The British government honoured him with “Rai Bahadur” (a title of honour) for his significant service to epigraphy and history in 1906. In 1908, he became chief epigraphist of the government of India. He died in 1912.
The transformation from science teacher to epigraphist was fast, thanks to Hultzsch placing Venkayya on the right track. His effort in deciphering hundreds of lithic and copper-plate inscriptions of Pallavas, Cholas, Pandyas and others helped many epigraphists and historians rewrite the history of south India. Venkayya’s discovery of the 2nd Century AD Mangulam Tamil Brahmi inscriptions, the Uthiramerur inscriptions of the Parantaka Chola- I (AD 907-955), and the inscriptions in the Brihadeeswarar temple in Thanjavur stand testimony to his mastery of epigraphy. For example, it was after Venkayya deciphered the inscriptions in Uthiramerur that a democratic mode of election using pot-tickets which had existed more than 1,000 years ago in Tamil Nadu became known.
Teacher to chief epigraphist
Born in 1864 in a Valaiyattur village near Arni, Venkayya learnt Sanskrit when he was a child. His father Sri Arani Appa Sitaramayya was keen on his education. After schooling, he was sent to Madras for higher studies. For Venkayya, a journey from a science teacher to the first Indian chief epigraphist of the Government of India was eventful. In 1903, he was appointed epigraphist of the then Madras Presidency. The British government honoured him with “Rai Bahadur” (a title of honour) for his significant service to epigraphy and history in 1906. In 1908, he became chief epigraphist of the government of India. He died in 1912.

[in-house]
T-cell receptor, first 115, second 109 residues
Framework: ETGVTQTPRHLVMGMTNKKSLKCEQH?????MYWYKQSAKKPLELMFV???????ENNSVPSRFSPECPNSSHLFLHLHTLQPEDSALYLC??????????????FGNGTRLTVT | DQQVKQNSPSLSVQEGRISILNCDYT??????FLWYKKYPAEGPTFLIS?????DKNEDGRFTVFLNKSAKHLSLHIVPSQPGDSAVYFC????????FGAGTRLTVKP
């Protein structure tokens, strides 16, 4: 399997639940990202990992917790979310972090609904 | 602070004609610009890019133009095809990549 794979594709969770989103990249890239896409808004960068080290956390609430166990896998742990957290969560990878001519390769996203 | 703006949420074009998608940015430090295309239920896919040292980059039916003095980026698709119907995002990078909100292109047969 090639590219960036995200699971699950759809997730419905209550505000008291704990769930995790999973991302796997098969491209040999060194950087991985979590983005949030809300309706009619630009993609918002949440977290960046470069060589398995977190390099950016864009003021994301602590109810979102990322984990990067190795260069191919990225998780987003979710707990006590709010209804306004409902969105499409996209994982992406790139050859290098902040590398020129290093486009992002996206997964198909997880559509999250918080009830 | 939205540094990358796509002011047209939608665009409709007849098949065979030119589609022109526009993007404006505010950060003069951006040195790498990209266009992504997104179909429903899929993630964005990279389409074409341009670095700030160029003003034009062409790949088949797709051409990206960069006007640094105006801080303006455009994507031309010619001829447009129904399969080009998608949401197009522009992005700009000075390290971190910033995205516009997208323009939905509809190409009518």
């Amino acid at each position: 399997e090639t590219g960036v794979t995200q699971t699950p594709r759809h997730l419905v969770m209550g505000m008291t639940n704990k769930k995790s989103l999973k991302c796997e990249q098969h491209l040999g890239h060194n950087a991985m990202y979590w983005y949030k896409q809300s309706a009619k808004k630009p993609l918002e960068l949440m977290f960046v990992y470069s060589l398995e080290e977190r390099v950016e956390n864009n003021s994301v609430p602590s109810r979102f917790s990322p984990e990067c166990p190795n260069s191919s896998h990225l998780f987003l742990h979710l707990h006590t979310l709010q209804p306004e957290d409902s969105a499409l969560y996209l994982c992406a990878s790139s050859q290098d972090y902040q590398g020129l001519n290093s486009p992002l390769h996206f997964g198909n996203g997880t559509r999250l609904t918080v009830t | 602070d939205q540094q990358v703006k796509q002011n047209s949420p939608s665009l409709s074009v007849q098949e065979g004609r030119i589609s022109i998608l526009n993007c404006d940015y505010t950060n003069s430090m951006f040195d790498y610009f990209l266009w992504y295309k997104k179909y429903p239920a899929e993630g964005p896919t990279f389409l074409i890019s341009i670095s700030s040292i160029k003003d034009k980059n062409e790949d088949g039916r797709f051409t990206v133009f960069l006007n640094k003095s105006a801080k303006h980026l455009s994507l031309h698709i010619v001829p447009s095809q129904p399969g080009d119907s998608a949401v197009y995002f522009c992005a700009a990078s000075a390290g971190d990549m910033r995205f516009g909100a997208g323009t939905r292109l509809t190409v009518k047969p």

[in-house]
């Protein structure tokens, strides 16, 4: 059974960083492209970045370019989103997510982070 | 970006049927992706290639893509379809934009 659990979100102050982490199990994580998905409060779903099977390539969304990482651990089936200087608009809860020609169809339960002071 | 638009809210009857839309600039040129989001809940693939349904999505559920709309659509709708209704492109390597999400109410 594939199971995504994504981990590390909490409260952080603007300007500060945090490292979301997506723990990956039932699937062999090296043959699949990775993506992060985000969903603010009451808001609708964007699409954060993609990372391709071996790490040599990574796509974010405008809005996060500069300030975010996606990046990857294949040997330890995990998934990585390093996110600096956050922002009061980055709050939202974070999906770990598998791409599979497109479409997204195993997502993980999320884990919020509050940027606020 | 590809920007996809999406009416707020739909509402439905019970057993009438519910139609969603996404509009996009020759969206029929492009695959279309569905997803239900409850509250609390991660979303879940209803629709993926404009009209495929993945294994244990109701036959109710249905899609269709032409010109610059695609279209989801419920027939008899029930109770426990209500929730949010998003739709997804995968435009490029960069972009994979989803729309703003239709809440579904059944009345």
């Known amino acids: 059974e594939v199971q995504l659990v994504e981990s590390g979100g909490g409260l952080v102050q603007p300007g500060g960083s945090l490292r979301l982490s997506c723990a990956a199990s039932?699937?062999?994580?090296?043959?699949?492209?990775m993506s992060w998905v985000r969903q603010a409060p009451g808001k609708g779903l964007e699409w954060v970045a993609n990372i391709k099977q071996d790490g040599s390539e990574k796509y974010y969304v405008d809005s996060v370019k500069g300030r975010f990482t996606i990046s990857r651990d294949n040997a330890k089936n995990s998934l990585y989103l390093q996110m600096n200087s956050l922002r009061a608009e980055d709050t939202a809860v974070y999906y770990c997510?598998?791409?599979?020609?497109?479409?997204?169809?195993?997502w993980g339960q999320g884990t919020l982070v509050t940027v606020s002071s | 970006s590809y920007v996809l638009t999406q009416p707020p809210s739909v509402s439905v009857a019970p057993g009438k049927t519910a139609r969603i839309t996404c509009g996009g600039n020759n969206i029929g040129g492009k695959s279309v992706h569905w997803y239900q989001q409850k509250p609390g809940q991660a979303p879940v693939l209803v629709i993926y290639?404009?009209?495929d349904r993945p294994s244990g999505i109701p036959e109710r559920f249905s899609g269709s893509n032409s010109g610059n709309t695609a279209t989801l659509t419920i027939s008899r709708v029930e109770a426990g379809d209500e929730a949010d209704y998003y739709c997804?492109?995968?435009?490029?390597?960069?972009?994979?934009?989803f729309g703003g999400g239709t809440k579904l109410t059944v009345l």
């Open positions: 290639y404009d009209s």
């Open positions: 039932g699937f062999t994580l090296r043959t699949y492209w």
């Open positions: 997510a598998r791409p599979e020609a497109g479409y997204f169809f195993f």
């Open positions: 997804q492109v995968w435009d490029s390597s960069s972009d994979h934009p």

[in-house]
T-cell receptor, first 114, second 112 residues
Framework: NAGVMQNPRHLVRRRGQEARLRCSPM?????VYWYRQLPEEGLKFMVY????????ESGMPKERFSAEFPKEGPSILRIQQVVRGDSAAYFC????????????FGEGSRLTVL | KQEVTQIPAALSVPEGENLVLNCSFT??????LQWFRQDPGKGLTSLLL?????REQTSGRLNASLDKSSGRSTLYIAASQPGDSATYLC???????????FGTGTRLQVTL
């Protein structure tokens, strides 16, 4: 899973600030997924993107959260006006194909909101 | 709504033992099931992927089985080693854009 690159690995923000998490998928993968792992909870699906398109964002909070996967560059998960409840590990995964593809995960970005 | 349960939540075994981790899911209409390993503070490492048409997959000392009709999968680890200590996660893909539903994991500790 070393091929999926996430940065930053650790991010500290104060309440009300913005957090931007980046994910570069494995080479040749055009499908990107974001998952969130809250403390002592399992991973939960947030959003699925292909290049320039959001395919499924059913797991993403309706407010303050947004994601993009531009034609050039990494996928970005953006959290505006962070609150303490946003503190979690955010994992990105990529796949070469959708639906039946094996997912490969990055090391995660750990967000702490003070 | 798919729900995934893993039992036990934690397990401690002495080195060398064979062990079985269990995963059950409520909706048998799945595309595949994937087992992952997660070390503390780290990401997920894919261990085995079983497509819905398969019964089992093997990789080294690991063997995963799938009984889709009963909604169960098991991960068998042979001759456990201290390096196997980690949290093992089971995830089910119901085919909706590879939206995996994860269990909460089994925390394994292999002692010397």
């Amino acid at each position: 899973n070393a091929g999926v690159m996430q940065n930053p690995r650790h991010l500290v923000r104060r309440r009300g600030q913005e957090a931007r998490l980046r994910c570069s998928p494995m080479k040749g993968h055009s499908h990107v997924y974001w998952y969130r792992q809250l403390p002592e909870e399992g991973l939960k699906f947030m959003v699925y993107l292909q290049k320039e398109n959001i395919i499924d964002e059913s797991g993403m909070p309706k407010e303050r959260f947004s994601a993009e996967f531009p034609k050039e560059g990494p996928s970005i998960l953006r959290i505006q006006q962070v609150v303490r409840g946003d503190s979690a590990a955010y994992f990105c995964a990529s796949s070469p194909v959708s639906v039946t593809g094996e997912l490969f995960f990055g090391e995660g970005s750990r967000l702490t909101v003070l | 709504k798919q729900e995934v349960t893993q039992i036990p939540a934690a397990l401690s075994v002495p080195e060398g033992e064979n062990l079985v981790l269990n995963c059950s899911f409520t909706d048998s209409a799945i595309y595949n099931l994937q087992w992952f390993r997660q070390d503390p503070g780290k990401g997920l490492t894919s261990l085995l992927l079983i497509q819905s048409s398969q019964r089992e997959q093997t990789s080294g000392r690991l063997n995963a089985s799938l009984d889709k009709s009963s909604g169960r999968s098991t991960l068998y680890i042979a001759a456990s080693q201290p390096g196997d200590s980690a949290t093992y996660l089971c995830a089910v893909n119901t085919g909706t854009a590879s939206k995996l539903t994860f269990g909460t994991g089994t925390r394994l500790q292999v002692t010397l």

A couple of years ago, Venkayya’s great granddaughter Sunitha Madhavan published his biography. The “Life and Works of Rai Bahadur V. Venkayya” talks about his contributions to history in a 48-year life. Now, in association with the Tamil Heritage Trust (THT), she wants to institute an award in the name of her great grandfather. “The V Venkayya Epigraphy Award (VVE Award) aims to recognise exceptional individual contributions towards the discovery of unrecorded inscriptions (in any Indian language), interpretation of inscriptions from a refreshingly new perspective, dissemination of knowledge contained in them by conventional as well as digital medium and preservation of epigraphic resources for posterity,” said a release from the Tamil Heritage Trust.
The Award is based on a nomination and selection process. It consists of a citation and a prize of Rs 20,000. A jury comprising experts from epigraphy, history, and heritage and members of the THT award committee will select the winner. Nominations for the VVE Award should be sent by email to email@example.com. The last date for nominations to reach THT is June 26, 2022. Log on to http://www.tamilheritage.in for more information.